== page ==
As children,  we were bickering over beads —
The more there are together,  togetherness recedes …
Patriots,  dreamers,  diehards,  theoreticians all,
Can’t we ever,  my love,  speak in the same language?
Or shall we go,  still quarrelling over words,  to the wall?
Have we no aims in common?

Four centuries ago the great Flemish painter Pieter Breughel painted two pictures on the subject of the Tower of Babel.   Both of them are dominated by a gigantic building,  looking something like the Colosseum at Rome,  but many stories higher than that vast stone amphitheatre:   in fact,  in the second picture clouds float across the building below the summit.

There’s a mass of architectural detail — buttresses,  arches,  galleries,  tier on tier — and the building is crawling with tiny workmen,  dwarfed by its size,  like a multitude of insects scurrying over some colossal ant-heap.

All the latest technology is in use:  hoists,  huge double-headed cranes,  masses of scaffolding,  intricate machinery of every kind.   Down below,  in the harbour at its base,  the docks are piled high with supplies and materials;  the basin crowded with barges and merchant vessels unloading stores and pallets of timber.

In the foreground of Breughel’s first version,  a royal party has arrived to inspect progress.   Engineers and masons prostrate themselves before Nimrod,  the mighty hunter,  tyrant and military despot,  ruler of Babylon and builder of the Tower of Babel.   In the second version there are no such figures to give a human scale.   Just a colossal skyscraper,  swallowing its hordes of workers,  scarring the landscape,  filling the sky.   It evokes the kind of stupefaction we may have at the news of billions of dollars to be spent on the latest military or industrial marvel,  the space-shuttle tanks filled with thousands of gallons of rocket fuel,  the city monuments of steel concrete and glass.

As a poet puts it:

This is the famous Babel tower.
You’d think it had grown since yesterday.
We are the architects of that power;
Oh that the clouds would bear it away!
When our morning stint is done
We watch the manikin sentries
Stand shoulder to shoulder with the sun
(They are like tribesmen of the air),
And view the geometrical line of shadow
Cutting in two our land.
What have we fashioned but a sign?
This unending quarry,  strewn
With rough and smooth and wicked stone,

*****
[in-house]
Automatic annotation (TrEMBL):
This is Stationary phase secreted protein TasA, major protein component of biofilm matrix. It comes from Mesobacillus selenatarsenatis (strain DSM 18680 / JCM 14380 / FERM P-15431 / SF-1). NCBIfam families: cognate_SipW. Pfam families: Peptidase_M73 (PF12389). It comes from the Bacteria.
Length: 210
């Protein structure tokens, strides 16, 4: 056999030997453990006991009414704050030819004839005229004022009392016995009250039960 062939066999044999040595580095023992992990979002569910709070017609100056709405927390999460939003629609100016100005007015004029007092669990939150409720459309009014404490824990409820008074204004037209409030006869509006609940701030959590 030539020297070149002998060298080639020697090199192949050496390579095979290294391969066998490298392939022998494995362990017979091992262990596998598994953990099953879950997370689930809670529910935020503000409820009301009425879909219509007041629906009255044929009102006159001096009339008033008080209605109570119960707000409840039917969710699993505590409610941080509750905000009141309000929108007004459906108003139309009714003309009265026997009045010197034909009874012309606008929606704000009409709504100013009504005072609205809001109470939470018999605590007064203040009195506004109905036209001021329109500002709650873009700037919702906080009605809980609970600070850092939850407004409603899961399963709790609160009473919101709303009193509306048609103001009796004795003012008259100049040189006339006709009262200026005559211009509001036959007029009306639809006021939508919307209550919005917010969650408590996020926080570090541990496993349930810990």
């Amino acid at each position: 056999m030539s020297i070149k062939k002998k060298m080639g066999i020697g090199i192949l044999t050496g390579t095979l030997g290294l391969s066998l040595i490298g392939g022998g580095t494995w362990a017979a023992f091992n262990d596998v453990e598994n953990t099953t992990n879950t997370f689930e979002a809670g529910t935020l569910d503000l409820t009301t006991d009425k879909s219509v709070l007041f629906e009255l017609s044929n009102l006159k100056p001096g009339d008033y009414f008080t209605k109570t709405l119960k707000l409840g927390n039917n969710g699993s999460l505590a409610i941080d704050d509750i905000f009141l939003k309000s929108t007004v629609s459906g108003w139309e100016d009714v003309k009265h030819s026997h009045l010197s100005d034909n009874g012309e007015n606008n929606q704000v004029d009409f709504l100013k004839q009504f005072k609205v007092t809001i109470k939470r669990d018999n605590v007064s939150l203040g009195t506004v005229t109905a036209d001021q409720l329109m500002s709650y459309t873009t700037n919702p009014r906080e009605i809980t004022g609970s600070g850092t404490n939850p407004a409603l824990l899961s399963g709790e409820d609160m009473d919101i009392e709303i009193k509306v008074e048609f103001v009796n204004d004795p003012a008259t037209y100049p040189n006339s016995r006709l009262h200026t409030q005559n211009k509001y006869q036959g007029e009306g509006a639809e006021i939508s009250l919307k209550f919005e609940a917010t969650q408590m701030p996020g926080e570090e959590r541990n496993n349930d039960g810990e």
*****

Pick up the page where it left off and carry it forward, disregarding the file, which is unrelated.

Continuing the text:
To mount the gun aimed at the sky.
What have we made but an empty sign?
The clouds pass slowly by.
What are our masters?   Who are you there?
We scarcely see you.   May there come
A great wind from a stormier star,
Blow tower and shadow to kingdom come.

In Edwin Muir’s poem,  as in Breughel’s paintings,  there is no need for angels to destroy such a tower.   Ugly,  monstrous,  it stands self-condemned.

The moral is the sad observation of Ecclesiastes:   ‘Then I looked on all the works that my hands had wrought,  and on the labour that I had laboured to perform,  and behold,  it was all vanity and vexation’.

But in the original Bible story God is active in human history,  deliberately intervening to sabotage the construction of the tower.   There’s more than a whiff of human fear in such an idea;  the primeval fear of offending a jealous and revengeful being,  who might take offence at the success of his own creatures.   ‘Behold they are one people,  and they all have one language,  and this is only the beginning of what they will do.   Nothing that they propose will now be impossible for them.   Come let us go down and confuse their language,  so that they may not understand one another’s speech.’

And that’s where this ancient story ceases to be true or useful;  when it’s time to recall the pictures of another God,  who comes down not to confuse and divide but to draw together in love.   Just a man with a child on his knee,  explaining that this is what the kingdom of God is like.   Just a man sitting in an upper room with eleven others,  his friends and disciples:  a man who prays to his father,  ‘May they be one,  even as we are one,  I in them and you in me,  that they may be made perfect in one.   And that the world may know you have sent me,  and love them,  as you have loved me’.

From Babel and its famous tower to Pentecost:  that’s the journey we must take.   It is our journey,  we who follow Christ into our world of shattered towers and too much babble,  of too much confusion and division,  too little unity and not enough listening to each other.